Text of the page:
Revolutionary Heart Transplant Technique Offers More Patients a Chance at Life-Saving Surgery

A new study conducted by Duke Health reveals that using a different approach for heart transplantation could deliver similar success rates as the usual method that mostly depends on donors who are brain-dead, and it could lead to a 30% increase in donor hearts available for use in transplants.

The difference is utilizing “donation after circulatory death” method, which has been in use for a while as a means of recovering organs like kidneys but not hearts normally, which are more delicate.

The research, led by Dr. Jacob Schroder, a transplant surgeon at Duke University School of Medicine, suggests that this method could increase the number of donor hearts available for lifesaving procedures and provide hope to thousands of patients.

According to Schroder, if more institutions adopted this method, the number of donor hearts could increase even more. The regular method of organ donation is a process of thorough testing to determine the absence of brain functioning when someone has had catastrophic brain injuries. The body is left on a ventilator that keeps the organs, including the heart, oxygenated to facilitate donation.

The study evaluated the use of DCD (donation after circulatory death) hearts in heart transplant procedures. DCD hearts come from individuals who have sustained a non-survivable brain injury, but their heart has not yet stopped.

The family then decides to withdraw life support and the heart stops beating. In the past, surgeons were hesitant to use these hearts for transplant due to concerns about potential damage from lack of oxygen. However, a new machine can now “reanimate” the heart by providing a supply of blood and nutrients during transport, allowing surgeons to assess if the heart is viable for transplant.

The study involved 180 heart transplant recipients, with half receiving DCD hearts and half receiving hearts from brain-dead donors that were transported on ice. The study found that survival rates six months after transplant were similar for both groups, with a 94% survival rate for DCD donations and a 90% rate for the usual donations. This new approach to heart donation has the potential to increase the number of viable organs available for transplant.

Dr. Nancy Sweitzer, a transplant cardiologist from Washington University in St. Louis who did not participate in the study, wrote an editorial in the New England Journal of Medicine stating that the findings are exciting and have the potential to increase fairness and equity in heart transplantation.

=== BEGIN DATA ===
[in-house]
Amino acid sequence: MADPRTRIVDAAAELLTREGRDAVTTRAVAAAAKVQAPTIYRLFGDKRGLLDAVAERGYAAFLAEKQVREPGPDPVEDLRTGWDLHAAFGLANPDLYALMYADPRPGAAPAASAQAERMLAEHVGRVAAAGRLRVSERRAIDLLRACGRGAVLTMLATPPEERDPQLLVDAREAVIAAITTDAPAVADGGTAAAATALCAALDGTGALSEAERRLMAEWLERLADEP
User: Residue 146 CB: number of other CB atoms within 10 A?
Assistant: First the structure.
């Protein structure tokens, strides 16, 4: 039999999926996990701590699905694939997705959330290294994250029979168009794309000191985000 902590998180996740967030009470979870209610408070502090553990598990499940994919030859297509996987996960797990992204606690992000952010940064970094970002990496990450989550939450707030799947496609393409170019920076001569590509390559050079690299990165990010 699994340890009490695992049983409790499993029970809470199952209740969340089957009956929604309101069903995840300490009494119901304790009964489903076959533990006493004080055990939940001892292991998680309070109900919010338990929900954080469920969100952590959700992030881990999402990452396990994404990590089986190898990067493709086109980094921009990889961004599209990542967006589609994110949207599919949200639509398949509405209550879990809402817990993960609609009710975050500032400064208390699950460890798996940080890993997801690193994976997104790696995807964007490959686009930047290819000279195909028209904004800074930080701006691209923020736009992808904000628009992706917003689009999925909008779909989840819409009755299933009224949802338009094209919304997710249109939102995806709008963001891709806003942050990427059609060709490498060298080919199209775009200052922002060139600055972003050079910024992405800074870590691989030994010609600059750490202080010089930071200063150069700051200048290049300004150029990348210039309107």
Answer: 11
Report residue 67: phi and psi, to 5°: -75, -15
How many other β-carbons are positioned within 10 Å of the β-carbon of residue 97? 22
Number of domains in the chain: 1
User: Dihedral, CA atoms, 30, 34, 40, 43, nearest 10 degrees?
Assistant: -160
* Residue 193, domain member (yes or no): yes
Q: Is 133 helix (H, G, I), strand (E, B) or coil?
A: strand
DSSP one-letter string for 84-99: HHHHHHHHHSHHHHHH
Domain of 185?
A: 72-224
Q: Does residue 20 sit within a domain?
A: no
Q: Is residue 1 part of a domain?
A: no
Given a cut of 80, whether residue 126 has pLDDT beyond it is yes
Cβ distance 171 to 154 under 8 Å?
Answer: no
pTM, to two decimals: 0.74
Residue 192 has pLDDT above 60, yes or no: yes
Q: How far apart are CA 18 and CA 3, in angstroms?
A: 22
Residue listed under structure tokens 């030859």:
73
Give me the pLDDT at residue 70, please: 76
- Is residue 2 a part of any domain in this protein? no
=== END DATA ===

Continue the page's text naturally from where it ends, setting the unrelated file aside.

This new approach can allow more people with heart failure to have access to life-saving therapy, which is a positive outcome. The ability to reanimate DCD hearts and evaluate their viability for transplant can increase the pool of available organs, making it possible for more patients to find a match and receive a transplant. This could lead to more positive outcomes for patients on transplant waiting lists, increasing their chances of survival and improving their overall quality of life.

In the United States, a record number of 4,111 heart transplants were performed last year. However, this is still not enough to meet the growing need for heart transplants. Hundreds of thousands of people suffer from advanced heart failure, but only a small percentage are offered a transplant. Moreover, many individuals die while waiting for a suitable donor organ.

The use of DCD hearts for transplant has the potential to significantly increase the pool of available organs and help address this issue. It is hoped that this approach will become more widespread and will ultimately save more lives.

DCD heart transplants were first attempted by researchers in Australia and the UK about seven years ago. In the US, Duke University was one of the first hospitals to pioneer DCD heart transplants in late 2019. Currently, about 20 hospitals in the US offer this method.

Last year, there were 345 DCD heart transplants performed in the US, and so far this year, there have been 227, according to the United Network for Organ Sharing. This represents a growing trend in the use of DCD hearts for transplant, which has the potential to significantly increase the number of viable donor organs available for those in need of a heart transplant.

The Duke-led study showed that almost 90% of the DCD hearts recovered were used for transplantation, indicating that it is worth implementing this new method in more hospitals. Dr. Nancy Sweitzer noted that many potential donors have severe brain injuries but do not meet the criteria for brain death, which means that many viable hearts are never donated.

However, she cautioned that there is still much to be learned about this approach, and the sickest patients on the transplant waiting list were less likely to receive DCD hearts in the study.

Dr. Schroder added that many of the patients who received DCD hearts already had implanted heart pumps, which made the transplant more challenging, even if they were not ranked as high on the waiting list. The study was funded by TransMedics, the company that produces the heart storage system used in the study.

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